HOUSTON (Reuters) - Some Gulf of Mexico oil and gas operators began evacuating workers from offshore facilities but kept production flowing on Thursday as a low-pressure system threatened to strengthen into a cyclone.
The U.S. National Hurricane Center said Thursday morning that a weather disturbance in the northwestern Caribbean Sea had become less organized overnight and had a 50 percent chance of becoming a tropical cyclone in the next 40 hours, down from a 70 percent chance.
Marathon Oil Corp (MRO.N) said on Thursday that it was evacuating workers not essential to production from its Ewing Bank platform, which can produce up to 9,700 barrels per day of oil and 8.2 million cubic feet per day of natural gas. Such workers would include cooks and maids.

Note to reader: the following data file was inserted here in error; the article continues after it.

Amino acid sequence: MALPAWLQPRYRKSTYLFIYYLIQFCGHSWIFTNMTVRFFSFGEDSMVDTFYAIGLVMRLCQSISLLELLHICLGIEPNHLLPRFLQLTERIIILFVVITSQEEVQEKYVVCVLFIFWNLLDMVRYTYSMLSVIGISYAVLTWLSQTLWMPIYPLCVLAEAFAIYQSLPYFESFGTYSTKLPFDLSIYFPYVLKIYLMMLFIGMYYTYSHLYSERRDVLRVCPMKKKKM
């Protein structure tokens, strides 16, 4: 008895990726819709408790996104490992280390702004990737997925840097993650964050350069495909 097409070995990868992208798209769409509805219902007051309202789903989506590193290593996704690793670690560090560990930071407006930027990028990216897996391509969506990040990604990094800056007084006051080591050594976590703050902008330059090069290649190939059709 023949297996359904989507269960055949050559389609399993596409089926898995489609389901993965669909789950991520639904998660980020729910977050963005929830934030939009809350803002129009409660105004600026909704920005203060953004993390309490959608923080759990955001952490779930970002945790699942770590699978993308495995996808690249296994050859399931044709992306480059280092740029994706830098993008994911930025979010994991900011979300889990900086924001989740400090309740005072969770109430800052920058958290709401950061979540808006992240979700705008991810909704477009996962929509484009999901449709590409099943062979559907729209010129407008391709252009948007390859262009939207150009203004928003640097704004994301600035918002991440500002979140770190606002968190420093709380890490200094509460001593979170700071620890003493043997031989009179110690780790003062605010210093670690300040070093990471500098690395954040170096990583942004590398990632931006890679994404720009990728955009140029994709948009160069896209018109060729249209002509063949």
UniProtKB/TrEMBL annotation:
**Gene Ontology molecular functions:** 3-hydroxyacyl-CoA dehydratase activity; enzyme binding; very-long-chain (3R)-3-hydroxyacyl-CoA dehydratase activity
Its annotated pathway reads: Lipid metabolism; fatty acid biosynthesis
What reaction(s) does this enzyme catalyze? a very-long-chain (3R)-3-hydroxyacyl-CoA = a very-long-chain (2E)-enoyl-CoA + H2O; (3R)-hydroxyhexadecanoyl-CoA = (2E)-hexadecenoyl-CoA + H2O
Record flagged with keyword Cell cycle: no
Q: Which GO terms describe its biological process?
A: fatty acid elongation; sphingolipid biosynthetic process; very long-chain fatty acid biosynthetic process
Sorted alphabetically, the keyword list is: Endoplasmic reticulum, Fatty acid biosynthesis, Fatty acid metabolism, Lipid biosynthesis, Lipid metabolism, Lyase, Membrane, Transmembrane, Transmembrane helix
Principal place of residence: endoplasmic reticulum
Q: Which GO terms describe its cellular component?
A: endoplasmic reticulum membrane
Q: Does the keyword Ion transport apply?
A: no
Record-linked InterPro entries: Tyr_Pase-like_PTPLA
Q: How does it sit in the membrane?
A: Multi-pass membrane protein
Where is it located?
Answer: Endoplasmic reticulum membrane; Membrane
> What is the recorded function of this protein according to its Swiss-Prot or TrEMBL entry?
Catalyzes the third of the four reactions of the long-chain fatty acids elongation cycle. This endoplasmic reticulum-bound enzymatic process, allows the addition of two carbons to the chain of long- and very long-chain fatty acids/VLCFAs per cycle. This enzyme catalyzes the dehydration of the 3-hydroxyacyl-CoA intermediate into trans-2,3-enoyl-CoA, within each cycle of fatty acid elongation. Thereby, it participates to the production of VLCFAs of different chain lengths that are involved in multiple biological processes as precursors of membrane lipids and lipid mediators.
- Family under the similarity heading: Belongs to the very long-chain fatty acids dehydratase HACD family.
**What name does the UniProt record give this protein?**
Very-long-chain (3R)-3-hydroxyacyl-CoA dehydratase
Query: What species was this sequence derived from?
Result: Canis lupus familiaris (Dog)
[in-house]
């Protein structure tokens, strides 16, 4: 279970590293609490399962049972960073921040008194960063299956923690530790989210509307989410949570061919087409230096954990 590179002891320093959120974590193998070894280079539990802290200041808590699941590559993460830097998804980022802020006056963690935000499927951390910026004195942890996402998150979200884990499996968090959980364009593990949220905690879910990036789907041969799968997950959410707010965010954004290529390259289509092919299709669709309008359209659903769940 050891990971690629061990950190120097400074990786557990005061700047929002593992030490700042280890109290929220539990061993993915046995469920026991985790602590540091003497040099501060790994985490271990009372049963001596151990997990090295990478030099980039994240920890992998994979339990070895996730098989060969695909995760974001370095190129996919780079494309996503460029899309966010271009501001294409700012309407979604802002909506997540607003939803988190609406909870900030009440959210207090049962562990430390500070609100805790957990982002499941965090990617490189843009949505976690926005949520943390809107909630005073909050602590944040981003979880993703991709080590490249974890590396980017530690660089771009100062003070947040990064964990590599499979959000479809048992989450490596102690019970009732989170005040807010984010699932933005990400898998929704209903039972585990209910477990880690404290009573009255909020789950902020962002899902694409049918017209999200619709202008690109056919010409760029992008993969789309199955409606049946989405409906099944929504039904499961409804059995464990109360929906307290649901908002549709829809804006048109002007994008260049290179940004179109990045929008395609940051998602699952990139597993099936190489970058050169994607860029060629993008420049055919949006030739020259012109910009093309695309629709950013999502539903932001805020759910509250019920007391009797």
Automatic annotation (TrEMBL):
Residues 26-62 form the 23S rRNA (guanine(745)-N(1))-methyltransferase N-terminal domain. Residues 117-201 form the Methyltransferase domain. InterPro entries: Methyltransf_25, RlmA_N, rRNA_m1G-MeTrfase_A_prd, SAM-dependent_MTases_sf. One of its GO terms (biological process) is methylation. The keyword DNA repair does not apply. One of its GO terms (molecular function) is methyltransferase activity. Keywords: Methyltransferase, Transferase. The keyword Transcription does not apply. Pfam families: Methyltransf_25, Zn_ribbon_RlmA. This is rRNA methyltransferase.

“Marathon Oil’s operated production has not been impacted at this time,” spokeswoman Lee Warren said.
BP Plc (BP.L) said it was evacuating nonessential workers from oil and gas platforms. It has four platforms in the central Gulf, including Thunder Horse, the biggest in the world.
The company said it had temporarily halted contracted drilling rigs, but platforms were still working.
“Oil and natural gas production at all BP-operated platforms remains online at this time,” the company said.
Destin Pipeline Co LLC also said pipelines in the Gulf of Mexico operated by BP were evacuating nonessential workers. The company said it would continue to accept natural gas flows as weather conditions permit.
Other companies said they were monitoring the storm.
Reporting by Kristen Hays and Erwin Seba in Houston and Eileen Houlihan in New York; Editing by Terry Wade and Lisa Von Ahn